We investigate online scheduling with commitment for parallel identical machines. Our objective is to maximize the total processing time of accepted jobs... As soon as a job has been submitted, the commitment constraint forces us to decide immediately whether we accept or reject the job. Upon acceptance of a job, we must complete it before its deadline $d$ that satisfies $d \geq (1+\epsilon)\cdot p + r$, with $p$ and $r$ being the processing time and the submission time of the job, respectively while $\epsilon>0$ is the slack of the system. Since the hard case typically arises for near-tight deadlines, we consider $\varepsilon\leq 1$. We use competitive analysis to evaluate our algorithms. Our first main contribution is a deterministic preemptive online algorithm with an almost tight competitive ratio on any number of machines. For a single machine, the competitive factor matches the optimal bound $\frac{1+\epsilon}{\epsilon}$ of the greedy acceptance policy. Then the competitive ratio improves with an increasing number of machines and approaches $(1+\epsilon)\cdot\ln \frac{1+\epsilon}{\epsilon}$ as the number of machines converges to infinity. This is an exponential improvement over the greedy acceptance policy for small $\epsilon$. In the non-preemptive case, we present a deterministic algorithm on $m$ machines with a competitive ratio of $1+m\cdot \left(\frac{1+\epsilon}{\epsilon}\right)^{\frac{1}{m}}$. This matches the optimal bound of $2+\frac{1}{\epsilon}$ of the greedy acceptance policy for a single machine while it again guarantees an exponential improvement over the greedy acceptance policy for small $\epsilon$ and large $m$. In addition, we determine an almost tight lower bound that approaches $m\cdot \left(\frac{1}{\epsilon}\right)^{\frac{1}{m}}$ for large $m$ and small $\epsilon$. read more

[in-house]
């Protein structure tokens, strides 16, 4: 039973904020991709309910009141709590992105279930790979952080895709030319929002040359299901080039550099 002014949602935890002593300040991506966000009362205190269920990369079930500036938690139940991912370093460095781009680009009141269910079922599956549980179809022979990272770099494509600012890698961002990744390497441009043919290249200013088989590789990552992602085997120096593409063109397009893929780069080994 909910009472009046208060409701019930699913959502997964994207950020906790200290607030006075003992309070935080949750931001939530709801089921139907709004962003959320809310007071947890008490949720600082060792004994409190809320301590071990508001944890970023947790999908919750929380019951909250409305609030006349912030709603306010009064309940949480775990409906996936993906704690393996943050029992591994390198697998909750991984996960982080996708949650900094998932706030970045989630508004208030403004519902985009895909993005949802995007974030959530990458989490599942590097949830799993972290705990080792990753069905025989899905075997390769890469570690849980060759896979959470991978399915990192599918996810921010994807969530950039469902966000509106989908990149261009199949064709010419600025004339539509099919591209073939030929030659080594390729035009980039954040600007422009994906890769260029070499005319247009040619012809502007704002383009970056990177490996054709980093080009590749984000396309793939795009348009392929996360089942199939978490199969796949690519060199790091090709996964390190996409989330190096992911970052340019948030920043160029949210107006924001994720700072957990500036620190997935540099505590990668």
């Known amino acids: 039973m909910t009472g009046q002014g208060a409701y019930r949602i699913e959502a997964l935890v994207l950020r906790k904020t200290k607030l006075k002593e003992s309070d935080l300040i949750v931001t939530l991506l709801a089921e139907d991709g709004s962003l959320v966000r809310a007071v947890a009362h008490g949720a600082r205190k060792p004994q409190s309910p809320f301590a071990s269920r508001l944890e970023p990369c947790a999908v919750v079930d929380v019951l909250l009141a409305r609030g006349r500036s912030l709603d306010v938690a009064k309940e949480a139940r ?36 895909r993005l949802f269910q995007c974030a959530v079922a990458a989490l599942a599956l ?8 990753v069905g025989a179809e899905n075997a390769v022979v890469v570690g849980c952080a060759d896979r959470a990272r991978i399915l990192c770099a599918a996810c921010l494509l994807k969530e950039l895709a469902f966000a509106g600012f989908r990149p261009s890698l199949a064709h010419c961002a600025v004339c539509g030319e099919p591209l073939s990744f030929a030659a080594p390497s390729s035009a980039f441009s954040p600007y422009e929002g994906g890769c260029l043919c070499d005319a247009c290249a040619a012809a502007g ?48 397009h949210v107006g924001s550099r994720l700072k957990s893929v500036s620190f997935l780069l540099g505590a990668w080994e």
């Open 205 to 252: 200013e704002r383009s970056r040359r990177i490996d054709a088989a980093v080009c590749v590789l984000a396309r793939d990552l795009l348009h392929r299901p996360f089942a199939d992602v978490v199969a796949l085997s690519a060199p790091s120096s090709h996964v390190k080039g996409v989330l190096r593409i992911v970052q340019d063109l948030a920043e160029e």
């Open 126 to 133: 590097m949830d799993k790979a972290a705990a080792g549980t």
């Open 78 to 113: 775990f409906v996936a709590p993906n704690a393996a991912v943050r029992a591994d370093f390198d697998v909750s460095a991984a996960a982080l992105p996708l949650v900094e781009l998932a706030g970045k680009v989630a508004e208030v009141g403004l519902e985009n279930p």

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Data Structures and Algorithms

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